Cosmetic Procedures: Breast Reconstruction Without Implants
Women who have had breast cancer and a mastectomy have a number of options in breast reconstruction. If the woman does not want implants, she may choose to have her breast reconstructed using her own body tissue through what is commonly known as a flap procedure. This operation involves moving healthy tissue from one area of the body to the chest using one of two methods, tunneling or free-flap.
Tunneling procedure. Using this technique, the transplanted section of tissue remains attached to its original blood supply. The surgeon tunnels the section of tissue under the skin and places it at the reconstruction site.
Free-flap procedure. Using this technique, the tissue is disconnected from its original blood supply and then reconnected, using microsurgical techniques, to an existing blood supply in the chest area.
Where Does the Tissue Come From?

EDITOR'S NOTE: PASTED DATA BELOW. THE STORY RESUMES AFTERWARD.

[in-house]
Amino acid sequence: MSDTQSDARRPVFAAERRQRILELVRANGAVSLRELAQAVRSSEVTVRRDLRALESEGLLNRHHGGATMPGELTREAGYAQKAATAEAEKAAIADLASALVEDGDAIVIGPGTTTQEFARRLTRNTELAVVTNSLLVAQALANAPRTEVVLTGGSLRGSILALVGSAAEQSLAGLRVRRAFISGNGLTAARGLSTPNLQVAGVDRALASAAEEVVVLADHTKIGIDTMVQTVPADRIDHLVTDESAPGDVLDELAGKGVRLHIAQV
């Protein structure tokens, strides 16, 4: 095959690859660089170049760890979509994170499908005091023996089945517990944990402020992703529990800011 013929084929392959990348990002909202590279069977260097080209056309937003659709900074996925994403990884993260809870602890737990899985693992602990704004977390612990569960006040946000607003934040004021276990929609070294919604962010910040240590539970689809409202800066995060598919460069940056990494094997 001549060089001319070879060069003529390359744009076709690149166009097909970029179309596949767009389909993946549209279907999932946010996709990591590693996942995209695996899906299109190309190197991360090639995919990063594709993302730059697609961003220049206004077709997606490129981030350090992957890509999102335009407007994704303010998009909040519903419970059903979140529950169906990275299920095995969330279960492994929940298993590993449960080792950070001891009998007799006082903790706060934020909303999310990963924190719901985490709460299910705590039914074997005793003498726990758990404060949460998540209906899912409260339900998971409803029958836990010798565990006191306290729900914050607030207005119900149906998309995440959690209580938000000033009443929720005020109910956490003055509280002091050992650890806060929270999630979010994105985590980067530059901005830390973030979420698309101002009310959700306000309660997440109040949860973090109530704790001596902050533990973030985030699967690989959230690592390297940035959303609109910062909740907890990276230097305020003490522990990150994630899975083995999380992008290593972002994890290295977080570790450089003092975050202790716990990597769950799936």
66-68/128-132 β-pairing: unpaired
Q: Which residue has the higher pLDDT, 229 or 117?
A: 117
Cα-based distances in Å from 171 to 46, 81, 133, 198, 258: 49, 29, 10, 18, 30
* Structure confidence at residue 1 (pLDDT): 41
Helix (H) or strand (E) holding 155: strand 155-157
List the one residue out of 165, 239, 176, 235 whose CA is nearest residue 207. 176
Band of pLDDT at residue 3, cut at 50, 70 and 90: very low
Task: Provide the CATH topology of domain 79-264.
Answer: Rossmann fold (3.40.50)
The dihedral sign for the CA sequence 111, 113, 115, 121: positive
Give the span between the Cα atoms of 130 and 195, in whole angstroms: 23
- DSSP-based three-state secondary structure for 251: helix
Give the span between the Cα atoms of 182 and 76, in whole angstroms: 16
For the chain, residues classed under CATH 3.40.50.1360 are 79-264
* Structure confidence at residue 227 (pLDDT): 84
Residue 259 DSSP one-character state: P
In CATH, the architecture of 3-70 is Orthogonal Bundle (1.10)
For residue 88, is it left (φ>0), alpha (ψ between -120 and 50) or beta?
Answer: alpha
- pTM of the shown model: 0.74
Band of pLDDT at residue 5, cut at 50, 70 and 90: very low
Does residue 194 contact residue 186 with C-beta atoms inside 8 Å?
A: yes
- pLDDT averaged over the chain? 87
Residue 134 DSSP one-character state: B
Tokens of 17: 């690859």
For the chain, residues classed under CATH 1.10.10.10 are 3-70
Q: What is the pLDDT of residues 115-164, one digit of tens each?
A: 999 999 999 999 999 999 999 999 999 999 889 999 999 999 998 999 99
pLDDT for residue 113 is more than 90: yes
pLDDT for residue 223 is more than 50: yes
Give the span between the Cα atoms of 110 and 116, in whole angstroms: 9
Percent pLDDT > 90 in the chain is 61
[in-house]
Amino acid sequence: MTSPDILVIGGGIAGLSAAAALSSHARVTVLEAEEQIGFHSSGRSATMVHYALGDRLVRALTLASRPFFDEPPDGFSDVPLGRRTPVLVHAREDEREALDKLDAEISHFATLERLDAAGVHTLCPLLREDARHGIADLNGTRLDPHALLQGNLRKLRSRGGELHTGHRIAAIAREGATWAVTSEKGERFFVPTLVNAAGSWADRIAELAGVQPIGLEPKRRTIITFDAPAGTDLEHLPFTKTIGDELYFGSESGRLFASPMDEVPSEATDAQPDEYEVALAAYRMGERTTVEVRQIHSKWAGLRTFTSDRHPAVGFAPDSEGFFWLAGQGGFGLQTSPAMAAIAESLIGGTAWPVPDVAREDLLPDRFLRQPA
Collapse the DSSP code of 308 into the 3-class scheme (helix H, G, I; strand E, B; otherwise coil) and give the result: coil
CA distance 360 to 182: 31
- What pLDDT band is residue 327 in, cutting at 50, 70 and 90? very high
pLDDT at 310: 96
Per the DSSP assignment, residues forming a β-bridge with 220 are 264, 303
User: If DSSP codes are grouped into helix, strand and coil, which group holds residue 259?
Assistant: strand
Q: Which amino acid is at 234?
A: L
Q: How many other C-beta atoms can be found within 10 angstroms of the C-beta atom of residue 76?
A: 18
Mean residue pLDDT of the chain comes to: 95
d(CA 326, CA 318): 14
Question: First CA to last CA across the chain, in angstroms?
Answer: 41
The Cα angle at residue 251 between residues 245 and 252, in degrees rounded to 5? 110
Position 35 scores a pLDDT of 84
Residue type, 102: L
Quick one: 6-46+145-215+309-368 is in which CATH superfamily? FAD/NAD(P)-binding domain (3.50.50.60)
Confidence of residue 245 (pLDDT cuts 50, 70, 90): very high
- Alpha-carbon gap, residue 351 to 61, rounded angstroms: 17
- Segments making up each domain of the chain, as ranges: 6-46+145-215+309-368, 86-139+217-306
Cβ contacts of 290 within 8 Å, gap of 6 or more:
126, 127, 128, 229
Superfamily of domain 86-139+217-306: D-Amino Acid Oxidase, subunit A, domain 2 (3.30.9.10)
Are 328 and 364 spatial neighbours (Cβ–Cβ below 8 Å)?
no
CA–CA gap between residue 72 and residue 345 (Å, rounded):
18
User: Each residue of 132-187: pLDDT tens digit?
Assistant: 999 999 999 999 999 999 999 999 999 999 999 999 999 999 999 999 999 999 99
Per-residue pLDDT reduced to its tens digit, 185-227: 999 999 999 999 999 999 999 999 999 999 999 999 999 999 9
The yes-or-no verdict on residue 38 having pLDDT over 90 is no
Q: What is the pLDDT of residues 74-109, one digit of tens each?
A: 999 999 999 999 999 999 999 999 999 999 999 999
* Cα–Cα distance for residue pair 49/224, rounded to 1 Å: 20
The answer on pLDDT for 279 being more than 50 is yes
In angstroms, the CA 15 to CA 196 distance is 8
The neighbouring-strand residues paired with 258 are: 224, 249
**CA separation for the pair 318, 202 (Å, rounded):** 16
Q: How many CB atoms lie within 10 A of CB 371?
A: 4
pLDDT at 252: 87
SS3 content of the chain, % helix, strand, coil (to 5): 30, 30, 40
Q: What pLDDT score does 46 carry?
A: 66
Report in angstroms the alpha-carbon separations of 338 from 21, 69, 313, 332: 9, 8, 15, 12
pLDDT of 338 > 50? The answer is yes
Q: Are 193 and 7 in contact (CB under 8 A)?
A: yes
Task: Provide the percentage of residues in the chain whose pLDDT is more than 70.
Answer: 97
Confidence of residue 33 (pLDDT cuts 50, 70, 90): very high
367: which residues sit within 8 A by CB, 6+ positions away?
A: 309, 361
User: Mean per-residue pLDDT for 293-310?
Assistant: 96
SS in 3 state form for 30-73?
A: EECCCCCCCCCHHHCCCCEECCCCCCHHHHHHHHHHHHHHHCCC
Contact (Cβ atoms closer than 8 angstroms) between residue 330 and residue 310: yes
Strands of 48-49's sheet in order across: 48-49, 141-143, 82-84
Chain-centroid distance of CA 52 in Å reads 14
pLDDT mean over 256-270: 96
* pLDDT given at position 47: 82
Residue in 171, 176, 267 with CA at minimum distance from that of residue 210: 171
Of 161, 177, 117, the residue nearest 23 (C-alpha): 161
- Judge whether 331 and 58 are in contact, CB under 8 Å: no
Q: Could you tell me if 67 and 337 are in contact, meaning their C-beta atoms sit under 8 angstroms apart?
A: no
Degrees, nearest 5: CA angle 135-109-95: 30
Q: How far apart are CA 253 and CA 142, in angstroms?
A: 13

While tissue from the back or buttocks may be used, the most common flap procedure uses muscle and skin taken from the abdomen. Using either the tunneling or free-flap technique, muscle, skin, and fat are transplanted from the abdomen to the chest area. After the flap of tissue has been transferred, the surgeon shapes it into the contour of a breast.
When the abdominal flap is not an option, the surgeon may use tissue from the back -- and, less often, the buttocks -- in making the new breast.
What Are the Benefits of a Getting a Breast Reconstruction Without Implants?
Using one's own tissue and muscle results in a more natural looking breast that is not vulnerable to the problems that sometimes occur with implants. The shape, feel, and contour of a breast reconstructed from a woman's own tissue more closely resemble the characteristics of a natural breast.
Transferring tissue from the abdomen also results in tightening of the stomach resembling a tummy tuck.
What Are the Challenges of These Procedures?
Flap surgery is more involved than implant surgery. And, like all major surgical procedures, it carries the risk of complications, such as bleeding, infection or poor healing. However, these complications, should they occur, can be treated at the hospital.
Flap procedures also leave additional scars on the abdomen, back, or buttocks and require a longer hospital stay than implant surgery; on average five to six days versus one or two days for implant recipients. Generally, the additional scars resulting from the flap procedure are well concealed.